Oct. 14, 2021: In a roundtable discussion with WBFO, Brown says, “Members of the disabled community want to get information from every source possible, and if we were putting things out on social media and that wasn't communicating to our disabled community in a way that they could access it, we needed to correct that." He also says he’s glad the city has “corrected the issue of putting things out on social media that did not have interpretation, that now does have interpretation, so members of our disabled community can access that information.”
May 14, 2022: Brown holds a press conference several hours after the racially motivated mass shooting at the Tops Market on Jefferson Avenue. An interpreter is not present. He posts nine more press conference and distribution event updates to his Facebook page over the following week that do not have an interpreter.
May 21, 2022: Brown appears with an interpreter at a moment of silence event for the victims of the shooting.
May 24, 2022: Disability Rights New York (DRNY) sends a letter to Brown regarding the lack of ASL interpretation at the city’s recent emergency briefings, and requests the city include ASL interpretation during all live broadcasts related to the public health and safety. “Without in-screen, real-time ASL interpretation for important events and public statements, your community members who communicate using ASL are being denied access to important information from the City of Buffalo,” the letter reads. DRNY also cites a 2020 lawsuit it filed against former New York Gov. Andrew Cuomo for a lack of ASL interpretation at his pandemic briefings. A judge had granted a preliminary injunction requiring the Cuomo administration to include an in-frame ASL interpreter during televised briefings.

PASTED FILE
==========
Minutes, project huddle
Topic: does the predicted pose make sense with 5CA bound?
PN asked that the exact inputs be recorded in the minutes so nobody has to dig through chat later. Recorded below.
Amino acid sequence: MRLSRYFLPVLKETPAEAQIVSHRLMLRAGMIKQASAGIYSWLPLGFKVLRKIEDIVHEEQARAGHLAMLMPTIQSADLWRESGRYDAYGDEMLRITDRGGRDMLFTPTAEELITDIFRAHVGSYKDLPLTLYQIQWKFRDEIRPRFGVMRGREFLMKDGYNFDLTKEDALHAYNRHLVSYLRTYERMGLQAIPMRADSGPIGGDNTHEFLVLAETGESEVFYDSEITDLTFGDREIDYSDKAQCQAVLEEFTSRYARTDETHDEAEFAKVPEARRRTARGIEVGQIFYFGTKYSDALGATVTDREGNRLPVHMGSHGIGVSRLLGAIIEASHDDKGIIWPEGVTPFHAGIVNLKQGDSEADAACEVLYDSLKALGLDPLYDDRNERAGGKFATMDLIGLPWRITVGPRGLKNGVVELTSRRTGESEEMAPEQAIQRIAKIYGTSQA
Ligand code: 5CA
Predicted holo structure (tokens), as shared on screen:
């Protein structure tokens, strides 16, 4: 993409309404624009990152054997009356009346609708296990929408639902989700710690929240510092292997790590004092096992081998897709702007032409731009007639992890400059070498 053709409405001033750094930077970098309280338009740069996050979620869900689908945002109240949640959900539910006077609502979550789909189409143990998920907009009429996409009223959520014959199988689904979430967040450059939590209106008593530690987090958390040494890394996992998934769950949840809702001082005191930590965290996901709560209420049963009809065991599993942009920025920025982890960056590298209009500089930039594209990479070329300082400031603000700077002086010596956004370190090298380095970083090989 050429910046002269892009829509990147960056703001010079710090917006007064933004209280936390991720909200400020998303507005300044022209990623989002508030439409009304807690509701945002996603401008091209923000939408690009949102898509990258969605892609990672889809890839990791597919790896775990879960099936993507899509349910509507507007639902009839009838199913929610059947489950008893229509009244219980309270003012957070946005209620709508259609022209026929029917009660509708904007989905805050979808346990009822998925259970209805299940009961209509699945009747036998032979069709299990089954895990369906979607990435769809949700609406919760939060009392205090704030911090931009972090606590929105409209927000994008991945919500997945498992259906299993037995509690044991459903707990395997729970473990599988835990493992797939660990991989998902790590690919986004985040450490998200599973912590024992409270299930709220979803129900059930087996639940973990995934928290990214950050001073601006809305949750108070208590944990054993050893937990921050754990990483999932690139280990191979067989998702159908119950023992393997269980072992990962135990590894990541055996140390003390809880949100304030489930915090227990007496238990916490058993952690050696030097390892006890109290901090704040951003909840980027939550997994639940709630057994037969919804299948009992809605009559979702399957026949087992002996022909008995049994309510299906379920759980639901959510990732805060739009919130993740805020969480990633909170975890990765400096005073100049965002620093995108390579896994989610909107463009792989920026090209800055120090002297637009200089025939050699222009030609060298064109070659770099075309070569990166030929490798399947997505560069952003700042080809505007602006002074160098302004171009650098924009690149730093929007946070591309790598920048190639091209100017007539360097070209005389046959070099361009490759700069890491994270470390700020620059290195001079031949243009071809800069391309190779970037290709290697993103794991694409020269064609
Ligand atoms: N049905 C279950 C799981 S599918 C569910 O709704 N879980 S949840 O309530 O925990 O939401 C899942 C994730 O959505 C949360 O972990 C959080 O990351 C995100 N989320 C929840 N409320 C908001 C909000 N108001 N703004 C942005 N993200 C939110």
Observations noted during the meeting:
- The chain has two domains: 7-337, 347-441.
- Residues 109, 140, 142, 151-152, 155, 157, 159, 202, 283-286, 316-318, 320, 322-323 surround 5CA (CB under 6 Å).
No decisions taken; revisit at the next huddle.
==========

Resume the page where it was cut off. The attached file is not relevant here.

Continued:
June 9, 2022: Leaders in the local disability community meet with Common Council President Darius Pridgen by Zoom to share concerns regarding ASL interpretation, as well as the apparent lack of an Americans with Disabilities Act (ADA) coordinator. Pridgen contacts Deputy Mayor Crystal Rodriguez-Dabney, who then runs into Chief Diversity Officer Chantele Thompson. Pridgen is told, and relays to those in the meeting, that Thompson has been appointed ADA coordinator. Todd Vaarwerk of Western New York Independent Living commits to emailing and meeting with Thompson to confirm.
June 23, 2022: Vaarwerk receives an email from Thompson, copying in the Deputy Mayor and Chief of Staff Crystal Rodriguez-Dabney, saying that she is not the designated ADA coordinator and that she is only assisting with ASL interpretation needs, adding that Pridgen may have misspoken. She says the ADA coordinator confirmation process is underway and that an ADA committee is also being formed.
July 26, 2022: Leaders of the local disability community, including Frank Cammarata, Erie County’s ADA coordinator and director of its Office for People with Disabilities, hold a press conference on the 32nd anniversary of the ADA to call on the city to appoint an ADA coordinator. “We've been saying for ages that you wouldn't have had the problem [with ASL interpretation] if there was an ADA Coordinator covering it,” Vaarwerk says. “The mayor's response on this issue in the past has been quite frustrating, which is why we're shocked that, at this point on the 32nd anniversary, we need to bring it to the public's attention.”